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Deacon's Stations of Cross Seen as 'Prayer Molded Into Clay'
By
Laura Dodson
Source: Catholic News Service
Published: Tuesday, April 19, 2011
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"Simon helps Jesus carry his cross" is one of the Sations of the Cross sculpted by Deacon Castellana
WINTER PARK, Fla. (CNS)—Far more than a visual freeze frame of a moment in time, the Stations of the Cross sculpted by Deacon Al Castellana for Sts. Peter and Paul Parish in Winter Park compress the intensity of emotion as well.

"We certainly looked at it in a prayerful way," said Father Derk Schudde, pastor, "taking a close-up view of the stations -- the best close-up shot. They're often seen from a distance, but we looked at it at the heart of that moment."

Station IV, Jesus Meets His Mother, was the test sample, the first station that Deacon Castellana committed to clay. It determined the fate of the project.

"I spent a great deal of time," he explained. "Mary's touching (Jesus') beard -- that really gentle touch and the same thing of him holding her face -- their eyes are really gazing at each other and at one place, there's a little smirk as if Jesus is saying, 'Look Mom, I'm doing it.' When it was finished, Father Derk was stunned and there was a little misty stuff in his eyes."

The project began in April 2008 when Father Schudde indicated he wanted Stations of the Cross for the parish and Deacon Castellana thought, "I wonder what that would take." He spent a full year researching stations around the globe and ultimately settled on 15-inch-by-19-inch rectangular high-relief sculptures to arc the church columns.

"Station XI, Jesus is Nailed to the Cross, was the most difficult," the deacon said. "Jesus' arm is my arm, my own hand clutching up in pain. I had to cast it six times until it came out perfect."

Priest and artist worked together every step along the multiple drawings and castings. Once the size and drawing were selected, there was the Plastilina modeling clay, the latex mold supported with another plaster mold and the casting in Hydrocal -- a mixture of marble dust, cement and plaster. The cast was painted metallic black with a faux bronze finish added. Then there was the wooden frame to attach and finally four coats of polyurethane so people could touch the sculptures.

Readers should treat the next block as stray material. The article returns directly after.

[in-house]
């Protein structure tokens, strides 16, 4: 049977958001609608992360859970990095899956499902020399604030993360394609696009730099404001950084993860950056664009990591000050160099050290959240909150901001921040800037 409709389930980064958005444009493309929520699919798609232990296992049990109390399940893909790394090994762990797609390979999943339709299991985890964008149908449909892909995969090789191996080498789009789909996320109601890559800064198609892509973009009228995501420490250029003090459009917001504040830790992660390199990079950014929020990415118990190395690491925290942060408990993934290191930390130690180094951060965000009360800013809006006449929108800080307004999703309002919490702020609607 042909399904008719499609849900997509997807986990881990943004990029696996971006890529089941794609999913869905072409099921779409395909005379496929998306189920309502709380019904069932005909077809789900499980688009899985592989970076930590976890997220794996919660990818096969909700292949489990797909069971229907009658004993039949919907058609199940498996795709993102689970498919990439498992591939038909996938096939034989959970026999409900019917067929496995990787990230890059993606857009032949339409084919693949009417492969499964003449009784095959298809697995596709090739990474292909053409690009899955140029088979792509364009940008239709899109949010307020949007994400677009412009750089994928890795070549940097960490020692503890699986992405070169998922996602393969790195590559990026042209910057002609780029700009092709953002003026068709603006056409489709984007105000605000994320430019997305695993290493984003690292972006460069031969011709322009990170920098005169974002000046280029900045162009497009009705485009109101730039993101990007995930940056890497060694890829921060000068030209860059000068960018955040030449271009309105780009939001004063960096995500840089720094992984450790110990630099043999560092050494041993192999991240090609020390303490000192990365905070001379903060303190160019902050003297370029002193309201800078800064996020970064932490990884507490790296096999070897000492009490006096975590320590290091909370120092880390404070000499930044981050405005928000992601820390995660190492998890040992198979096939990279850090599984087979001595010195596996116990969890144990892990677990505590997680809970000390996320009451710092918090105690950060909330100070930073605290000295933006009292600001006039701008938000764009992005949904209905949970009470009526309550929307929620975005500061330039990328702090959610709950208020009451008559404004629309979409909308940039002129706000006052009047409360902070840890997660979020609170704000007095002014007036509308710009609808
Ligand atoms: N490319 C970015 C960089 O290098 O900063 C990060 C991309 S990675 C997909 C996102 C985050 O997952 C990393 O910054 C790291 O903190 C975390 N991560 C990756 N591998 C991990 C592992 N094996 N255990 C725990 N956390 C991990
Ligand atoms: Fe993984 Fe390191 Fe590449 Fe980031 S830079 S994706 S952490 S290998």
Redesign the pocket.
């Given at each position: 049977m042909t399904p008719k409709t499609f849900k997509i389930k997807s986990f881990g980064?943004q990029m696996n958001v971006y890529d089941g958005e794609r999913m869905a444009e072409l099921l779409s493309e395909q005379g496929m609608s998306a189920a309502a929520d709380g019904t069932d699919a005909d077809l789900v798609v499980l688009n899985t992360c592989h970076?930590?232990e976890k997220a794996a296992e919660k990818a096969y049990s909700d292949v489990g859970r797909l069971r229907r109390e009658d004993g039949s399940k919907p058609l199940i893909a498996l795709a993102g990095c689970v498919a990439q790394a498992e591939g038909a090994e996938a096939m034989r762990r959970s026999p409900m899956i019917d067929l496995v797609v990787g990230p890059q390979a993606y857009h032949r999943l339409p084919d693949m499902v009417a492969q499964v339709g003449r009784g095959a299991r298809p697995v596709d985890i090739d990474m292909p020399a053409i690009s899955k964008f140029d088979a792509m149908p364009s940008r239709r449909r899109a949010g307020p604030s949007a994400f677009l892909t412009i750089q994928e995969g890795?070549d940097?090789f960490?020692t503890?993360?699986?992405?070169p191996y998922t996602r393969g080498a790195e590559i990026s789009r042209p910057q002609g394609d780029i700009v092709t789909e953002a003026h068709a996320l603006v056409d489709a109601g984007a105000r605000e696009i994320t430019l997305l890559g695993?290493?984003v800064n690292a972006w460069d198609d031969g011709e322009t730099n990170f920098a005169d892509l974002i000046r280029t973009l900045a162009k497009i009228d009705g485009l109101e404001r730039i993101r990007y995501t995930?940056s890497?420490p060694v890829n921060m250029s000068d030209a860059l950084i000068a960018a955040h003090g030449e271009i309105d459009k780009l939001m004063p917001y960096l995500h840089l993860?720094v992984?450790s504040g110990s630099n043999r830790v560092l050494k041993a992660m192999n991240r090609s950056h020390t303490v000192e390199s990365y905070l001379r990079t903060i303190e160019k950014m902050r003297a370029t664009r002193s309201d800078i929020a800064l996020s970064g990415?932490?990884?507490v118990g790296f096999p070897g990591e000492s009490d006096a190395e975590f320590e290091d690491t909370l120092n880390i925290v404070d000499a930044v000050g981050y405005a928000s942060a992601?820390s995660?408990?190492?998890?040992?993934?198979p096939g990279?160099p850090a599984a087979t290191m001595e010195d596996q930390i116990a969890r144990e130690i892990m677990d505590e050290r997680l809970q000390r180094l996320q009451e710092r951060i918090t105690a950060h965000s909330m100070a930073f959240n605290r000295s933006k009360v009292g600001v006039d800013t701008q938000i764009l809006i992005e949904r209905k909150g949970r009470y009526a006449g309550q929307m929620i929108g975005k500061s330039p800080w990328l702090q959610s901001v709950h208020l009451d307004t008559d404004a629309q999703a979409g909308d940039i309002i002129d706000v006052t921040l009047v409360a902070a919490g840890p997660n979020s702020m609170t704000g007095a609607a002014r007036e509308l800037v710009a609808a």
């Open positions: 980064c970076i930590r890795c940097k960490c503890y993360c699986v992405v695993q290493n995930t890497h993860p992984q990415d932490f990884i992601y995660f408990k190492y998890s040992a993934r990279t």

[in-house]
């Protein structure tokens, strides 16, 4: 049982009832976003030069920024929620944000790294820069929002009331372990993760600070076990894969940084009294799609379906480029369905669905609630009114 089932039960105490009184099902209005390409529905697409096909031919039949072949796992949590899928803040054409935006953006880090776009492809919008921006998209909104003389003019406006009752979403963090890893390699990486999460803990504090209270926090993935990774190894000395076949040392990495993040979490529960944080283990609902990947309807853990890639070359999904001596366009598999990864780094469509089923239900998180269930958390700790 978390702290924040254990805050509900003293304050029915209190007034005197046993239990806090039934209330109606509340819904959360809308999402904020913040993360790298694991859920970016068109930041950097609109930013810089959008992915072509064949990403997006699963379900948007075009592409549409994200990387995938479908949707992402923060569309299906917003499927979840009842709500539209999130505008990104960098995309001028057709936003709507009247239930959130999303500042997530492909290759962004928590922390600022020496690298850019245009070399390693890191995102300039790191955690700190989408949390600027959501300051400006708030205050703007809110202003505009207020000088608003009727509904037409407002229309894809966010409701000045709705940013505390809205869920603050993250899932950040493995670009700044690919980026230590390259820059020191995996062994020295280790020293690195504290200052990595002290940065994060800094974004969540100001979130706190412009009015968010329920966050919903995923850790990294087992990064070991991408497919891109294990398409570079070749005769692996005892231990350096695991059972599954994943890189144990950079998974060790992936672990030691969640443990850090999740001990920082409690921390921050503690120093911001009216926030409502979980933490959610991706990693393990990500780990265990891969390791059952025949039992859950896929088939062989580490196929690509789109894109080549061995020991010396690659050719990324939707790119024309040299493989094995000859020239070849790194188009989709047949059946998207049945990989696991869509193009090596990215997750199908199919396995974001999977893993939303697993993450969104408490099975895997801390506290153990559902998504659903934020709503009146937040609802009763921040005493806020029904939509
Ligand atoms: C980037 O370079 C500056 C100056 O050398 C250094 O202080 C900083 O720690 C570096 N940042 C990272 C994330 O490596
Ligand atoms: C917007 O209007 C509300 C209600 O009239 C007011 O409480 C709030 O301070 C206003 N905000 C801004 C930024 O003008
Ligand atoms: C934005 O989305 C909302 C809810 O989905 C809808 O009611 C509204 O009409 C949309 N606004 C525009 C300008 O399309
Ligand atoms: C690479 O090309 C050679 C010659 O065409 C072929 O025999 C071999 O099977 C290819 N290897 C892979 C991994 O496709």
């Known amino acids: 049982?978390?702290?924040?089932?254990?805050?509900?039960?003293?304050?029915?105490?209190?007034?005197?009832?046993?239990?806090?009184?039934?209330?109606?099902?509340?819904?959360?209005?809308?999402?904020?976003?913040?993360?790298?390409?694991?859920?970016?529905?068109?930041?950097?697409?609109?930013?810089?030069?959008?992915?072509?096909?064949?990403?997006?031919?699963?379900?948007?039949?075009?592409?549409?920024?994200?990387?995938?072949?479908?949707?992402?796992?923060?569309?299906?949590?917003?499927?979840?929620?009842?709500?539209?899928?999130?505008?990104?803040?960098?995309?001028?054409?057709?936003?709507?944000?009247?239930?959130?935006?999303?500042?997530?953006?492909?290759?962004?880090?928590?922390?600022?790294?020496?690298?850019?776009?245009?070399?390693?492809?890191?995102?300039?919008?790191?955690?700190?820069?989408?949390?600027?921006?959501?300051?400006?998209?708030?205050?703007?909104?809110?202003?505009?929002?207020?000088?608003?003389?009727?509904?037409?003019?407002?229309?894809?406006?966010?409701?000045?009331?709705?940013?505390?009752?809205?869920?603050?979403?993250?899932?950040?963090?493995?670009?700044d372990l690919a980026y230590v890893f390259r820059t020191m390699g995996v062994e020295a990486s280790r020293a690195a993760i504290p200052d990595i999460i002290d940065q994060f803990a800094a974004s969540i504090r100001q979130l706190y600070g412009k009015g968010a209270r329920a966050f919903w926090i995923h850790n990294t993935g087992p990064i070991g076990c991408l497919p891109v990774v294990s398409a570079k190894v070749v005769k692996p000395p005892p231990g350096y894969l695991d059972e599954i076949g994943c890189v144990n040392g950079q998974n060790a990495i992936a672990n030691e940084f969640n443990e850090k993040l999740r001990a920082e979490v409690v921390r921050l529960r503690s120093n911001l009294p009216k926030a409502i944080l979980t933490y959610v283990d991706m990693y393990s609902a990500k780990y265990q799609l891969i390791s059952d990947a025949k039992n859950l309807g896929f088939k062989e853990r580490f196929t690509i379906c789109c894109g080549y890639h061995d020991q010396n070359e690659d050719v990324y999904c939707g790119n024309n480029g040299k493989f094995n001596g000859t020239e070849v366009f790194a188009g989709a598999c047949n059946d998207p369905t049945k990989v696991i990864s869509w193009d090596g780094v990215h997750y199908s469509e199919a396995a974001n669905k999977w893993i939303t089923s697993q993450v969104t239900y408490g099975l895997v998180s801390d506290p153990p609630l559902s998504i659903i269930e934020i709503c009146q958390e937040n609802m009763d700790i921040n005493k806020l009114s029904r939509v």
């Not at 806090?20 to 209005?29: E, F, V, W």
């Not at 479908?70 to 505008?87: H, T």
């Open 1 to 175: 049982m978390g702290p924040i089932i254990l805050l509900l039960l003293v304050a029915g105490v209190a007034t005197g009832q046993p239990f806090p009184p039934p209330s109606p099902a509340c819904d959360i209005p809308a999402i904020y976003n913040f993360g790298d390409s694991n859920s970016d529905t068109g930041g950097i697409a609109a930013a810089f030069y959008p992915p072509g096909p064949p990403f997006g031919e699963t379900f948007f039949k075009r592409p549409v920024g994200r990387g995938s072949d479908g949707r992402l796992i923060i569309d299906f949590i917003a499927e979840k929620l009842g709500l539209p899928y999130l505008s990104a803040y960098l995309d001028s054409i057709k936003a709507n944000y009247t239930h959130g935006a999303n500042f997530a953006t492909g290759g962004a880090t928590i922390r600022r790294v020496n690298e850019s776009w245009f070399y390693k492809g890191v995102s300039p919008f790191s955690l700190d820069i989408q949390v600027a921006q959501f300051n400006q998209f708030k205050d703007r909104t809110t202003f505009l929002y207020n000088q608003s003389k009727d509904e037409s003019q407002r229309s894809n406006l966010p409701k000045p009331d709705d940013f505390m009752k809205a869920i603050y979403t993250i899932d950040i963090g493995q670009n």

"Al had so many obstacles to get it right," Father Schudde said, "but it was a labor of love -- 24/7. That kind of commitment day after day and he was learning at the same time. Not having done something like this before, but having the inspiration of 'I want to do this' and then actually getting it done."

Deacon Castellana credits his teacher with helping him to ensure that "Jesus was the same in every station."

"Al was an accomplished wood and stone carver when he came for his first class 28 years ago," said David Cumbie, master sculptor at Crealde School of Art in Winter Park.
"I got him into sculpting clay and casting, but this was a new process for him. He handled the whole project very well and really impressed me. He's my star student."

Station XIII, Jesus is Taken Down from the Cross, brought its own trials. Deacon Castellana envisioned Mary leaning over to kiss her son.

"When I was doing the face of Mary, I sculpted in my hand so I could get all the detail I wanted," he said. "I kept saying a prayer and all of a sudden I moved a piece of clay the size of half a grain of rice and it became Mary. A voice said, 'Stop.' I needed help and I got it."

The installation of the stations was another magnum opus, begun at 10 p.m. Nov. 10, 2010, Deacon Castellana's 80th birthday. With the assistance of his two sons who flew in specifically for the endeavor and a 10-page operating plan, the 14 stations that had taken the artist two and a half years to create were fully installed in a little over three hours.

"The stations are perfect for our church," Father Schudde said. "It's not really artwork -- it's prayer, prayer molded into clay. People really see something behind it -- you see the love and prayer behind it -- an extension of Al's personality and his love for the Lord. He captured it so beautifully."

Deacon Castellana has been married to his wife, Kay, for 58 years. They have five children, 11 grandchildren and two great-grandchildren. He retired after 31 years as a U.S. Marine colonel and in May will celebrate 26 years as a deacon.

"I always prayed," he said, "for eight or nine years, Lord, you must help me do something for the church. He said, 'OK, I'll teach you.' And he gave me this massive project. I could not not work on it. There's a little bit of me in each one."


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